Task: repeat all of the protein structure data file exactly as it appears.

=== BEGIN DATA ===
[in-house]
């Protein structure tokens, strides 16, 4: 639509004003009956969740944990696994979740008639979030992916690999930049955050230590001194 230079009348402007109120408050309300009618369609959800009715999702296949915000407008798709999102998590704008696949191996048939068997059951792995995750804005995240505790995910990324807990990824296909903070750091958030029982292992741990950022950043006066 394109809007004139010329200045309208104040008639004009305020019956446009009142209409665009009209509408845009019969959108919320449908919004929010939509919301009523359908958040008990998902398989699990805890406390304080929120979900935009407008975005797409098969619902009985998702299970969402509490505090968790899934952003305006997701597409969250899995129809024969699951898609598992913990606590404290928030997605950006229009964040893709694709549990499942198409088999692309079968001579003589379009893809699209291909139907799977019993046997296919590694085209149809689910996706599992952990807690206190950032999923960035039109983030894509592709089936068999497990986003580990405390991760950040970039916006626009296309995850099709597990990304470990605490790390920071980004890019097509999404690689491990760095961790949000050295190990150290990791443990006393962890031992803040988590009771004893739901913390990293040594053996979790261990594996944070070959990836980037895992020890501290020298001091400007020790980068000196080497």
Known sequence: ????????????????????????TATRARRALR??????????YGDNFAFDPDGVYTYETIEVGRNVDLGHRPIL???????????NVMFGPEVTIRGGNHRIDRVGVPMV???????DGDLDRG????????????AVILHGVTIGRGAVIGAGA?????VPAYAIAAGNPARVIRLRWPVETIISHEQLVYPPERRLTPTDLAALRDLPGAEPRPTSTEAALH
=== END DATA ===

[in-house]
């Protein structure tokens, strides 16, 4: 639509004003009956969740944990696994979740008639979030992916690999930049955050230590001194 230079009348402007109120408050309300009618369609959800009715999702296949915000407008798709999102998590704008696949191996048939068997059951792995995750804005995240505790995910990324807990990824296909903070750091958030029982292992741990950022950043006066 394109809007004139010329200045309208104040008639004009305020019956446009009142209409665009009209509408845009019969959108919320449908919004929010939509919301009523359908958040008990998902398989699990805890406390304080929120979900935009407008975005797409098969619902009985998702299970969402509490505090968790899934952003305006997701597409969250899995129809024969699951898609598992913990606590404290928030997605950006229009964040893709694709549990499942198409088999692309079968001579003589379009893809699209291909139907799977019993046997296919590694085209149809689910996706599992952990807690206190950032999923960035039109983030894509592709089936068999497990986003580990405390991760950040970039916006626009296309995850099709597990990304470990605490790390920071980004890019097509999404690689491990760095961790949000050295190990150290990791443990006393962890031992803040988590009771004893739901913390990293040594053996979790261990594996944070070959990836980037895992020890501290020298001091400007020790980068000196080497």
Known sequence: ????????????????????????TATRARRALR??????????YGDNFAFDPDGVYTYETIEVGRNVDLGHRPIL???????????NVMFGPEVTIRGGNHRIDRVGVPMV???????DGDLDRG????????????AVILHGVTIGRGAVIGAGA?????VPAYAIAAGNPARVIRLRWPVETIISHEQLVYPPERRLTPTDLAALRDLPGAEPRPTSTEAALH